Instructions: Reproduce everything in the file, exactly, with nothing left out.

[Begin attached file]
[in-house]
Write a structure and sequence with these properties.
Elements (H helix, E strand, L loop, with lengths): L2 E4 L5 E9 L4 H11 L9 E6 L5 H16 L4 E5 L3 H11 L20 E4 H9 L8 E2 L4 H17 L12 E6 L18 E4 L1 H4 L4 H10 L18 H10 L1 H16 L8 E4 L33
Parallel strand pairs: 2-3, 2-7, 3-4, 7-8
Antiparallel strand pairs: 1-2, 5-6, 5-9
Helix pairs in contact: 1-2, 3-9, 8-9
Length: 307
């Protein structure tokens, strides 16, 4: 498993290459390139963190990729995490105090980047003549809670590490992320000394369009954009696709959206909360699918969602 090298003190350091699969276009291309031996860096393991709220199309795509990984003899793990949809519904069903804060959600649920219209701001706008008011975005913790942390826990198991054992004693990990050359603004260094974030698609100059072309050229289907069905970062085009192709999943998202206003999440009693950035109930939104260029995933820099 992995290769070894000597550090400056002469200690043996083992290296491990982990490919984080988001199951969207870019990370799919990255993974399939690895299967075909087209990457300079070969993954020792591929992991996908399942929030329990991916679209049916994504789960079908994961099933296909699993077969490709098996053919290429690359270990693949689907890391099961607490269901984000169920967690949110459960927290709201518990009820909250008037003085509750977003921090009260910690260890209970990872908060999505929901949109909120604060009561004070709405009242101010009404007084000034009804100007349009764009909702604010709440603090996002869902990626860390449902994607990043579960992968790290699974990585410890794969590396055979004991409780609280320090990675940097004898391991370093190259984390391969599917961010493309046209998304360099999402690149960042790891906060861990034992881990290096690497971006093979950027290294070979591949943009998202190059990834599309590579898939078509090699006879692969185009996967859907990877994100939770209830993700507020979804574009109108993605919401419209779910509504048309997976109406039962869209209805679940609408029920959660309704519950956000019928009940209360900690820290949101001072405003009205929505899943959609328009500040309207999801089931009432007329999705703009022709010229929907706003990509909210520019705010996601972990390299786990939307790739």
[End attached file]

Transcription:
[in-house]
Write a structure and sequence with these properties.
Elements (H helix, E strand, L loop, with lengths): L2 E4 L5 E9 L4 H11 L9 E6 L5 H16 L4 E5 L3 H11 L20 E4 H9 L8 E2 L4 H17 L12 E6 L18 E4 L1 H4 L4 H10 L18 H10 L1 H16 L8 E4 L33
Parallel strand pairs: 2-3, 2-7, 3-4, 7-8
Antiparallel strand pairs: 1-2, 5-6, 5-9
Helix pairs in contact: 1-2, 3-9, 8-9
Length: 307
């Protein structure tokens, strides 16, 4: 498993290459390139963190990729995490105090980047003549809670590490992320000394369009954009696709959206909360699918969602 090298003190350091699969276009291309031996860096393991709220199309795509990984003899793990949809519904069903804060959600649920219209701001706008008011975005913790942390826990198991054992004693990990050359603004260094974030698609100059072309050229289907069905970062085009192709999943998202206003999440009693950035109930939104260029995933820099 992995290769070894000597550090400056002469200690043996083992290296491990982990490919984080988001199951969207870019990370799919990255993974399939690895299967075909087209990457300079070969993954020792591929992991996908399942929030329990991916679209049916994504789960079908994961099933296909699993077969490709098996053919290429690359270990693949689907890391099961607490269901984000169920967690949110459960927290709201518990009820909250008037003085509750977003921090009260910690260890209970990872908060999505929901949109909120604060009561004070709405009242101010009404007084000034009804100007349009764009909702604010709440603090996002869902990626860390449902994607990043579960992968790290699974990585410890794969590396055979004991409780609280320090990675940097004898391991370093190259984390391969599917961010493309046209998304360099999402690149960042790891906060861990034992881990290096690497971006093979950027290294070979591949943009998202190059990834599309590579898939078509090699006879692969185009996967859907990877994100939770209830993700507020979804574009109108993605919401419209779910509504048309997976109406039962869209209805679940609408029920959660309704519950956000019928009940209360900690820290949101001072405003009205929505899943959609328009500040309207999801089931009432007329999705703009022709010229929907706003990509909210520019705010996601972990390299786990939307790739």